"The child teaches the adult something else about love: that genuine love should involve a constant attempt to interpret with maximum generosity what might be going on, at any time, beneath the surface of difficult and unappealing behaviours.
The parent has to second-guess what the cry, the kick, the grief and the anger is really about. And what marks out this project of interpretation - and makes it so different from what occurs in the average adult relationship - is its charity.
Parents are apt to proceed from the assumption that their children, though they may be troubled or in pain, are fundamentally good. As soon as the particular pin that is jabbing them is correctly identified, they will be restored to native innocence. When children cry, we don't accuse them of being mean or self-pitying, we wonder what has upset them. When they bite, we know they must be frightened or momentarily vexed. We are alive to the insidious effects that hunger, a tricky digestive tract or a lack of sleep may have on mood.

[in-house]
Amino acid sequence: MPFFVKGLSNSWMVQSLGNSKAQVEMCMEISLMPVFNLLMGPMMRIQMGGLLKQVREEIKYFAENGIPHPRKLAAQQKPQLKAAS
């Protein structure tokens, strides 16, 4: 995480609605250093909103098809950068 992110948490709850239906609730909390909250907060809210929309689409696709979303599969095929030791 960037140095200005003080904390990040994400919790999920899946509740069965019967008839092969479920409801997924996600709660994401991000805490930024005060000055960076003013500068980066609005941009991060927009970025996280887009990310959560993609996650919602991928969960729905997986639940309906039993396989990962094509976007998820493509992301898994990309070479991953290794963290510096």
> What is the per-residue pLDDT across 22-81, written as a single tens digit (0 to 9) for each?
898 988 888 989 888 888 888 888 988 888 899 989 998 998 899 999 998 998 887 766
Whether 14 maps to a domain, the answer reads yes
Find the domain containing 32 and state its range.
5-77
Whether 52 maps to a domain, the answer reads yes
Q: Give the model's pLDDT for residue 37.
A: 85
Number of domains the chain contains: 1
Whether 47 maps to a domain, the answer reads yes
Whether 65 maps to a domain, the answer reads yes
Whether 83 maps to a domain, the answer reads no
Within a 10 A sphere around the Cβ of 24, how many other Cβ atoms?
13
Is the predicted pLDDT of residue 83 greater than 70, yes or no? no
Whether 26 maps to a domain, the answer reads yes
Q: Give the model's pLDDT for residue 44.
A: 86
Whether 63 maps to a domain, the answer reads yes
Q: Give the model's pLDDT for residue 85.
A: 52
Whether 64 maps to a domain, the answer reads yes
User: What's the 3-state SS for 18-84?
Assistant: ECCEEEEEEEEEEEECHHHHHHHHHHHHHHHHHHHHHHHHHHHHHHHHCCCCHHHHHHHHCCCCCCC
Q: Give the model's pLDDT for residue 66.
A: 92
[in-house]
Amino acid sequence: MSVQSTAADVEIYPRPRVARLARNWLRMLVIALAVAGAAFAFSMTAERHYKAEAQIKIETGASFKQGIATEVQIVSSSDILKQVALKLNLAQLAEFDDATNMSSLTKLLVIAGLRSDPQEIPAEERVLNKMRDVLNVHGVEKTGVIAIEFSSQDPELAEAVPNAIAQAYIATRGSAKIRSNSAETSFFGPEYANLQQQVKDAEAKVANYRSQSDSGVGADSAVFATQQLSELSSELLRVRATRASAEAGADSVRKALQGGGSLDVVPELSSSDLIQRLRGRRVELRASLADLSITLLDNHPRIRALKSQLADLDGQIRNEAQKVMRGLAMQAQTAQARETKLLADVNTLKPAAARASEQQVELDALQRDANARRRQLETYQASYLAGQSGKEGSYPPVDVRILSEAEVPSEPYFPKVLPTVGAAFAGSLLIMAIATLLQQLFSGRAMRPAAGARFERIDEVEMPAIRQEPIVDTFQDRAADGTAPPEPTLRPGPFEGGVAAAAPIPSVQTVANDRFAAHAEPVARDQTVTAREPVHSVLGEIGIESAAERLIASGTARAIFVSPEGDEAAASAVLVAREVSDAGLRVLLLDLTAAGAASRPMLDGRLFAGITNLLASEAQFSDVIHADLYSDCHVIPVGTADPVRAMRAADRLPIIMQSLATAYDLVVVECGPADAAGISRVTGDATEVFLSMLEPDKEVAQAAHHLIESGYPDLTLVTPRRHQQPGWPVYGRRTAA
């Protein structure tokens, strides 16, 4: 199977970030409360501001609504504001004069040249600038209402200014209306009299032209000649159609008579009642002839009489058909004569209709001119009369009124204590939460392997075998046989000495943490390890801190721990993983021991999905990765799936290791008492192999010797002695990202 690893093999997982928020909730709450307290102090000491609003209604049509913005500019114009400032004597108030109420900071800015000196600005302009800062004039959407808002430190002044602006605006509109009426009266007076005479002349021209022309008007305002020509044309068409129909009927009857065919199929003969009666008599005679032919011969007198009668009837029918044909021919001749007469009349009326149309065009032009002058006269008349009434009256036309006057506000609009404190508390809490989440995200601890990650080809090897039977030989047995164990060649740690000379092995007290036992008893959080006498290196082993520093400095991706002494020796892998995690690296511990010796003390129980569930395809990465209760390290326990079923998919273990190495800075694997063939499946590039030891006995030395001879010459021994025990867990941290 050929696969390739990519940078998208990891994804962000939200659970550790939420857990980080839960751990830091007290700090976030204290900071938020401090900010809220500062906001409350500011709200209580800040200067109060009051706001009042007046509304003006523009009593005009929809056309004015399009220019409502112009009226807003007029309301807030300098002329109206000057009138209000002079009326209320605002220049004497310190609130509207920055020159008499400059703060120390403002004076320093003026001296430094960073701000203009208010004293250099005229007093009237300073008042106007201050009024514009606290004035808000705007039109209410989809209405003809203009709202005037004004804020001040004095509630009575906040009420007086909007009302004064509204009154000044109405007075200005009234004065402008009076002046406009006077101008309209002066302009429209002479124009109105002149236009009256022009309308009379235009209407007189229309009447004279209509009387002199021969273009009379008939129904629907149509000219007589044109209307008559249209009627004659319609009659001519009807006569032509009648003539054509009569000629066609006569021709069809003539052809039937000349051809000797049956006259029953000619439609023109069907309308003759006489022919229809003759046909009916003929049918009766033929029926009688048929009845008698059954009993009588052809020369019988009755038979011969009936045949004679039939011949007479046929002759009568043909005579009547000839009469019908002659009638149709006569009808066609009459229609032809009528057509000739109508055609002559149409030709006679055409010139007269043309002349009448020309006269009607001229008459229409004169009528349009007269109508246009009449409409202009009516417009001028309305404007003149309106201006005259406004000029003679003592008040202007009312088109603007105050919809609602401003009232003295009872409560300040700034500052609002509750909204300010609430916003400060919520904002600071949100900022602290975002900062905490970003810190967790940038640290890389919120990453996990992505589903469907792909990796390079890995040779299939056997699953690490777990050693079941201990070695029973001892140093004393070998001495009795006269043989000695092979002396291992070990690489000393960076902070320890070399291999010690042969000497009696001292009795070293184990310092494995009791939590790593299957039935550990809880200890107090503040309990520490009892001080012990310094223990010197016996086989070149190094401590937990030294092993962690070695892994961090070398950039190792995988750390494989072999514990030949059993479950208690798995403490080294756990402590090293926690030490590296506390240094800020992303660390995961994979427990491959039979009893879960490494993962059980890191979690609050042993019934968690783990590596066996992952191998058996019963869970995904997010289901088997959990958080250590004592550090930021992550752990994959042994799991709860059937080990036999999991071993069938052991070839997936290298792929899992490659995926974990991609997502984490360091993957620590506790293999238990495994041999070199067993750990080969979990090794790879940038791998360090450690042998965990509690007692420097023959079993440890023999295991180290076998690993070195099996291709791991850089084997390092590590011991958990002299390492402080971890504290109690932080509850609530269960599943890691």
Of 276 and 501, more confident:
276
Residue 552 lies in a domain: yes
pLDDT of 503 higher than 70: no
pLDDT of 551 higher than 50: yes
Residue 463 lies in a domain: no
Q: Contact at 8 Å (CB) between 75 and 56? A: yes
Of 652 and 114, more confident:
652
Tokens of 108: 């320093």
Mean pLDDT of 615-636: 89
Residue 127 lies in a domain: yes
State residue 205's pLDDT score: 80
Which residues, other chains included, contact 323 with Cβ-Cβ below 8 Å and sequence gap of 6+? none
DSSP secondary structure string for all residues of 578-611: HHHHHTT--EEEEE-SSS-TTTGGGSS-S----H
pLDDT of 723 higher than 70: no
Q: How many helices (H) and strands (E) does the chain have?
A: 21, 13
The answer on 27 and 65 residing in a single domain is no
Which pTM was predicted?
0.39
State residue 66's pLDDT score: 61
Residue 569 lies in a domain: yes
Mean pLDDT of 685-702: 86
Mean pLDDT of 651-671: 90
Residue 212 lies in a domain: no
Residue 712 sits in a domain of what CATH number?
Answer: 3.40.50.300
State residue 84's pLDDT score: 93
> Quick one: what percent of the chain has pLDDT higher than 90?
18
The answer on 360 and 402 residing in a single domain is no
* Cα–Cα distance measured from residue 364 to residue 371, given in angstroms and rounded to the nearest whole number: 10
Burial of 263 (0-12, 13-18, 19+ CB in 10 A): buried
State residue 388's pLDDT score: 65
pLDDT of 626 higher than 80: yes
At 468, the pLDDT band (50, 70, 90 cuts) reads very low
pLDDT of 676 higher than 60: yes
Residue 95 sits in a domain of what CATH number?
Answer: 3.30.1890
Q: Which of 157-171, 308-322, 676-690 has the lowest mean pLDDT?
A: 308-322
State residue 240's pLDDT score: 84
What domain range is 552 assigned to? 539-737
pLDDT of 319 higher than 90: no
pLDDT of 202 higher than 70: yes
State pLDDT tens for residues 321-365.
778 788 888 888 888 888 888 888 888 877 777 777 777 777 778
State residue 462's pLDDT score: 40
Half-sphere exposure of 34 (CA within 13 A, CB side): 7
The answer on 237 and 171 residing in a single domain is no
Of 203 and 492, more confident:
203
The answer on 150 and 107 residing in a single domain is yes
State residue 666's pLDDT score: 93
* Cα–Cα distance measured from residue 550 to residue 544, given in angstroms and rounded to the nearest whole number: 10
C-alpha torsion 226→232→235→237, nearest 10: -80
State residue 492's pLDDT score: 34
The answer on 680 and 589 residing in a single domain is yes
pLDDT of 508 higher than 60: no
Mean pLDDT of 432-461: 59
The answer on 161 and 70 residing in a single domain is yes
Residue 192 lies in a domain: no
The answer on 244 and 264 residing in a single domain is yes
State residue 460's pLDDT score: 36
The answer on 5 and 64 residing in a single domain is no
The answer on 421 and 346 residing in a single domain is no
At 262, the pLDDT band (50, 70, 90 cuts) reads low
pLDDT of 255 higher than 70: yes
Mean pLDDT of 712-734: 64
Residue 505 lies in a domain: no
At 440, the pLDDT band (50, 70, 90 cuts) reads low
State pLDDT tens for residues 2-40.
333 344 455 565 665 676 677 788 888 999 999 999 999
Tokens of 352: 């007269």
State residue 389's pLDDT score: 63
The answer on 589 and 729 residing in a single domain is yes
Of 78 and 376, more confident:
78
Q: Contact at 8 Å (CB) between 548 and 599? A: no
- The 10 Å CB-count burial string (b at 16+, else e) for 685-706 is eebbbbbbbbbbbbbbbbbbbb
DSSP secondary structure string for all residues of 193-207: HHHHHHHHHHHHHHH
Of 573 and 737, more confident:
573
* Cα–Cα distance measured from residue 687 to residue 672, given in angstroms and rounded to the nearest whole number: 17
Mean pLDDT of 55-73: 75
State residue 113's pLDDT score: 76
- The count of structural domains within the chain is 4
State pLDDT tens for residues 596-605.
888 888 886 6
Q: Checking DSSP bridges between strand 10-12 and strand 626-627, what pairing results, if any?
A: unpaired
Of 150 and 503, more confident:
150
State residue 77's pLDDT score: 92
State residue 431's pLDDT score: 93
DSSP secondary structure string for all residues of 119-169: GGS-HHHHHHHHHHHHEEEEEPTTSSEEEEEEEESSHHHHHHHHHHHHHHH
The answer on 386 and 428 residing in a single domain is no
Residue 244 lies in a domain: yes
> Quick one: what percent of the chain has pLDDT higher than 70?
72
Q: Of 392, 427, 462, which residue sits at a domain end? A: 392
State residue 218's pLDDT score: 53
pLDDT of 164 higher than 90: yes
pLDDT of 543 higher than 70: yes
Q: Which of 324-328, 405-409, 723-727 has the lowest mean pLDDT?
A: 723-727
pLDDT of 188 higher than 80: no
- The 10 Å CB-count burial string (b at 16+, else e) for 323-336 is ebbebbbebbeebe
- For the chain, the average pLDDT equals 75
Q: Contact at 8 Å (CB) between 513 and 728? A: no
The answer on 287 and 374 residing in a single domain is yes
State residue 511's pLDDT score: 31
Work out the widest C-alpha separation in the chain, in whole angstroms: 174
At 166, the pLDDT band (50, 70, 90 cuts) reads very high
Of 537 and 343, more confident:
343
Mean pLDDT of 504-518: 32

How kind we would be if we managed to import even a little of this instinct into adult relationships - if here, too, we could look past the grumpiness and viciousness and recognize the fear, confusion and exhaustion which almost invariably underlie them. This is what it would mean to gaze upon the human race with love."
Page 110, 'The Course of Love', Alain de Botton